The AP stylebook is not that well known in Europe but to American journalism students and educators it has been required reading for years. Any American hack could cross a continent to another newspaper but remain consistent in their use of language. In Ireland and the UK, there has always been a bit more variation – in some cases you cannot cross a newsroom and remain consistent.

I have always been a fan of stylebooks. From the outside, they are a window on a newspaper’s character – for example, the Telegraph’s stylebook tells you how to correctly refer to the eldest son of an earl. It’s information I never needed in the Irish Examiner but we had enough inconsistency in style to prompt me to write my own guide. It has yet to be adopted – some people are less incensed by using about/around interchangeably than I am.

From the inside, stylebooks can be a vital training tool in enshrining an identity and improving quality control. You haven’t seen passion for words until you’ve seen a great sub argue why the naming convention for Royal Navy vessels should remain different to that for Royal Navy bases (he lost – both now take HMS).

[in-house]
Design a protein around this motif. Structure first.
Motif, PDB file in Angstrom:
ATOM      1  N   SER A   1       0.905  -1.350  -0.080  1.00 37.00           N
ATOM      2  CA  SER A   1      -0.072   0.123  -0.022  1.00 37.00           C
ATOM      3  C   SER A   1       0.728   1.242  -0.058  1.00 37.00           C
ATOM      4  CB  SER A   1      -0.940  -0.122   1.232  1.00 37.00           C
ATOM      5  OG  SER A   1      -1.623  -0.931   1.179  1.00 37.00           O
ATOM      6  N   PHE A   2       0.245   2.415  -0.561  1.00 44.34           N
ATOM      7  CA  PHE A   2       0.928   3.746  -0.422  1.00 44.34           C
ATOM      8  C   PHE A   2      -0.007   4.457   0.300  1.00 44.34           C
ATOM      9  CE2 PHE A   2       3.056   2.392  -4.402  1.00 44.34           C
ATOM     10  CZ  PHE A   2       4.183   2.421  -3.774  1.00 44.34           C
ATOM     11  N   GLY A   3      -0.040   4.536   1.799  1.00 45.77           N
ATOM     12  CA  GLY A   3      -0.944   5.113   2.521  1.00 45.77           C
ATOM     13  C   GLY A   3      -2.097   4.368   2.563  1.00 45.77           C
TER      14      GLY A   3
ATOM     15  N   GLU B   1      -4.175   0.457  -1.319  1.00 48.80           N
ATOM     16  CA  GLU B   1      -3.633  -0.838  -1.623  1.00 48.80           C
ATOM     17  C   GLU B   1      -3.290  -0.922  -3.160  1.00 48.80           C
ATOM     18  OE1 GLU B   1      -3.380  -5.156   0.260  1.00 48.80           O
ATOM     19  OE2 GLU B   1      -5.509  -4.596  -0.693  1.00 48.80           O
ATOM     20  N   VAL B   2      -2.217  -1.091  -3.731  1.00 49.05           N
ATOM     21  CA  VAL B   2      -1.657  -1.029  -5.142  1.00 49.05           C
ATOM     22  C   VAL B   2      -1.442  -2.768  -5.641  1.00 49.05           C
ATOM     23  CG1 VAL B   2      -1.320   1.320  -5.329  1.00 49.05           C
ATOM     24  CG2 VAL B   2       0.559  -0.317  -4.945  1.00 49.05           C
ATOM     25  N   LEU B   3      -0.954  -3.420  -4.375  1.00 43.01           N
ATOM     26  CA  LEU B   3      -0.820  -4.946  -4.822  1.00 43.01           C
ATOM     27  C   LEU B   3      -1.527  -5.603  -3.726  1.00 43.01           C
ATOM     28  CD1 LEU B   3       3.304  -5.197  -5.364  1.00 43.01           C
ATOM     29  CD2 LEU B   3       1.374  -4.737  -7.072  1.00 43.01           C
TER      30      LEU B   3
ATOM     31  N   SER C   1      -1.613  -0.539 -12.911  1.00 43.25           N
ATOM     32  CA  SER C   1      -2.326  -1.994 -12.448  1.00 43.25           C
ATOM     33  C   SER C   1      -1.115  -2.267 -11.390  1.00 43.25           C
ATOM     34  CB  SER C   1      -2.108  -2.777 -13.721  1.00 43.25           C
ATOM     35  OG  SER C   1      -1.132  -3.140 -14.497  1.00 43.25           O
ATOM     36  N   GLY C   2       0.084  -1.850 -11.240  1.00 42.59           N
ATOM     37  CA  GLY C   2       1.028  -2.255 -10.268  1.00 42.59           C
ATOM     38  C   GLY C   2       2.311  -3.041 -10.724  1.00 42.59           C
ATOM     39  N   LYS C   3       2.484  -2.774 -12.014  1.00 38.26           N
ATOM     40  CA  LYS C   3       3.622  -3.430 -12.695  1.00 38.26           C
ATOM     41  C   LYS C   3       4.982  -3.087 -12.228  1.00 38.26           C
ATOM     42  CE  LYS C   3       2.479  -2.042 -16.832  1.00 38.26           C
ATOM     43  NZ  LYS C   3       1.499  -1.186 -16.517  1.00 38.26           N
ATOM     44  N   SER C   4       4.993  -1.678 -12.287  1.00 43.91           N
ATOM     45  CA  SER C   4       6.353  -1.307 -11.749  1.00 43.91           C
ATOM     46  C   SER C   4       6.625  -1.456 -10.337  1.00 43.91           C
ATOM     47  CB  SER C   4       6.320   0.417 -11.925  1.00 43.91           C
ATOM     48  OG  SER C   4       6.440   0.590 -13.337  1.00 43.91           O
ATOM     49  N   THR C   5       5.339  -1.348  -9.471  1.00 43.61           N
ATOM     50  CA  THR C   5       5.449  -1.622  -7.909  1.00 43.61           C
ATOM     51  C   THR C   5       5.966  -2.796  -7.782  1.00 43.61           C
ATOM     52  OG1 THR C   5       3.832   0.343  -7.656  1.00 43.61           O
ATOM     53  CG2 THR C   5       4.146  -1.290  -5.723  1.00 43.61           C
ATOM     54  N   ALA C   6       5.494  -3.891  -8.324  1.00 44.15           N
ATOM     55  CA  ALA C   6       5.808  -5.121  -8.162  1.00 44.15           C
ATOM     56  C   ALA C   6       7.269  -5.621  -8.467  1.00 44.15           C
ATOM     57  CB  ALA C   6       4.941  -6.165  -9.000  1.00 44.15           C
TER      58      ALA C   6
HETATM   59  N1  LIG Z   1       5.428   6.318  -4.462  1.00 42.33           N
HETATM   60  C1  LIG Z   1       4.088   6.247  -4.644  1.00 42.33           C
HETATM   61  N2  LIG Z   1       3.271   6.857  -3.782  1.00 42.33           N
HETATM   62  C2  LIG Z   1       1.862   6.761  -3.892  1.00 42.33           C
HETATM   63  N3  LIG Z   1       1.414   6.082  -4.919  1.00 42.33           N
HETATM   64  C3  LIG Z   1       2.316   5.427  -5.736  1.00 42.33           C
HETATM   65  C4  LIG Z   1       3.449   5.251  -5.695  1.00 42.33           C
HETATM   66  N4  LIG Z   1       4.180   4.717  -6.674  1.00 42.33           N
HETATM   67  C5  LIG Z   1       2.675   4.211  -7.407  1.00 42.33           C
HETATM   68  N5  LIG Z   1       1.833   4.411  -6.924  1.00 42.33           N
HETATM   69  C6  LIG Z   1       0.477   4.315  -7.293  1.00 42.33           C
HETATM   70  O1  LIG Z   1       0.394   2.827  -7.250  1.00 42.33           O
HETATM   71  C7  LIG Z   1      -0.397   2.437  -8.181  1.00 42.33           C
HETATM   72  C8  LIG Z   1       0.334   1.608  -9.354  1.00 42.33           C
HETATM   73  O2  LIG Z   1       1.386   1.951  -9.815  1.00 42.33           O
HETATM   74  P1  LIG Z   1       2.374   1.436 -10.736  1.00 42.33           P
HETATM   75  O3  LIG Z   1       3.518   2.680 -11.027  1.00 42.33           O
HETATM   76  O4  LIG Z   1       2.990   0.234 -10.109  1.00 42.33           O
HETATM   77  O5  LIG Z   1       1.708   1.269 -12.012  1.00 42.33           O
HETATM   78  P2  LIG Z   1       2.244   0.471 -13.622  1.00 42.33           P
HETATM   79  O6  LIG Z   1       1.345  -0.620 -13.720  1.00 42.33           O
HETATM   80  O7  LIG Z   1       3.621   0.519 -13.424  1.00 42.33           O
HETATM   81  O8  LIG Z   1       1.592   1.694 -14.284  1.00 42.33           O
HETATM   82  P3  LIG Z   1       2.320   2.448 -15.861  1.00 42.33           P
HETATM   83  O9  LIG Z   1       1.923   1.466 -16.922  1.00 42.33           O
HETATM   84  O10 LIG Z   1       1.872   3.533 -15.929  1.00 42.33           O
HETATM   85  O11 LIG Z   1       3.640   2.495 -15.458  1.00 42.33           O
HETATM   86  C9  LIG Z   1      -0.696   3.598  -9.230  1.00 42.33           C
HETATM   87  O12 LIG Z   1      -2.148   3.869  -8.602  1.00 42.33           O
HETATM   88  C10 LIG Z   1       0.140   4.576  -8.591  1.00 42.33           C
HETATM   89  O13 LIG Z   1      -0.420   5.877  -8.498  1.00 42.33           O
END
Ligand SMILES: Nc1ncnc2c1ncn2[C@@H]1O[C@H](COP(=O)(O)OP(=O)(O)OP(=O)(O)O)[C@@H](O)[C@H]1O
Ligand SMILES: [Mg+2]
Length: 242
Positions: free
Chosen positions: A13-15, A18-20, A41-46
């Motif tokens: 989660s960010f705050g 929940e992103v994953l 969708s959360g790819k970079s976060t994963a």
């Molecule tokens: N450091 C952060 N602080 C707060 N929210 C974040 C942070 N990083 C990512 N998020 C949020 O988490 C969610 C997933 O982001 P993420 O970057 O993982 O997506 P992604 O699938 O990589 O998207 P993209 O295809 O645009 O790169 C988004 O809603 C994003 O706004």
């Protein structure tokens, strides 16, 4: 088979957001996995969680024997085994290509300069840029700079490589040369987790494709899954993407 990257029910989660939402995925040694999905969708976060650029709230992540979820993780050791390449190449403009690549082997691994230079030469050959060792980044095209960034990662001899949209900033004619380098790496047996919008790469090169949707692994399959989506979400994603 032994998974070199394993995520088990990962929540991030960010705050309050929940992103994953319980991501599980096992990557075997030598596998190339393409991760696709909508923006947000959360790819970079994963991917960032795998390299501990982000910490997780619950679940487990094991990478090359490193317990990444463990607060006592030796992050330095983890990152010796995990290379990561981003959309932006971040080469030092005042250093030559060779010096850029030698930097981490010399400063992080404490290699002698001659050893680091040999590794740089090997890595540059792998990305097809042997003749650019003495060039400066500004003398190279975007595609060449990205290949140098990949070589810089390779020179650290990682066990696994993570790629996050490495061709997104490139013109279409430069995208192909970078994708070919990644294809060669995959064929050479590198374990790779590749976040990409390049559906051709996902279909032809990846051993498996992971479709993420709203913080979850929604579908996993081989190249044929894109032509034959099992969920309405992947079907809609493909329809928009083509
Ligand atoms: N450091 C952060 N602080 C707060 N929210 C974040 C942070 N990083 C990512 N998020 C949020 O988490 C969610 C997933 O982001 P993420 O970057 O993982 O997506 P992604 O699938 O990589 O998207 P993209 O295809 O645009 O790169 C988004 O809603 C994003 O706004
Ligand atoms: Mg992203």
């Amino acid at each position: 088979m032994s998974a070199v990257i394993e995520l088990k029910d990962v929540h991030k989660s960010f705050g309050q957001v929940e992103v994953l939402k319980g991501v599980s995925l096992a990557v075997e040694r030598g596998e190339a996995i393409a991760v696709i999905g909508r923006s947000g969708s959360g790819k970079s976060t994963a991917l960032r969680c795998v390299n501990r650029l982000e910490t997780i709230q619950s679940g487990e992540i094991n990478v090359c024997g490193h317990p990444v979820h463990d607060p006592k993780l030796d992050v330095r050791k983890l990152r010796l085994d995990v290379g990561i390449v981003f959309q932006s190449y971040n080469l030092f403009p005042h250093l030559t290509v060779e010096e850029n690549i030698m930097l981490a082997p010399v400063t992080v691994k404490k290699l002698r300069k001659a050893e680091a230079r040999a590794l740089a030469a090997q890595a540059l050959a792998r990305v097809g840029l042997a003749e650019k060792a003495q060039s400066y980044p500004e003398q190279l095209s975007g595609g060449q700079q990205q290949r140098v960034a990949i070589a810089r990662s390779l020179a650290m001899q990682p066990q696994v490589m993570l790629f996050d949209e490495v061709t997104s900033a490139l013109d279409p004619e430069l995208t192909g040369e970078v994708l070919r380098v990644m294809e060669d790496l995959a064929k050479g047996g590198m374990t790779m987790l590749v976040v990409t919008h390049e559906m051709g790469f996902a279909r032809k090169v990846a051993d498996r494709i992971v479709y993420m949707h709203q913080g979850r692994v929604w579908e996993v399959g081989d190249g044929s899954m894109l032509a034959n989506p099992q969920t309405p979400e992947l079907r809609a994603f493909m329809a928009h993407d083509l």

The joy of a good stylebook was always in the arguing for exceptions, the behind-the-scenes ridicule attracted by archaisms such as the Irish Times’s rendering of first and second World War (in the knowledge that as a third may be on the way, it would be a bit premature to award them a cap).

Some people do actually get into journalism through a love of language. While SEO is undoubtedly an essential part of modern digital journalism, if you place more priority and garner more joy in making text readable by a machine than by a human, then you’re not a journalist – you’re a computer programmer.

If you believe that only Icelanders can go berserk, only Malays can run amok and only arms can be akimbo, then read on:

Telegraph Media Group stylebook

Simon Heffer’s Style Notes

Guardian Style Guide

The Times (of London) Style and Usage Guide

BBC style guide [PDF]

Economist Style Guide

Reuters Handbook of Journalism

And finally, before they start paying  journalists based on hits, go learn SEO.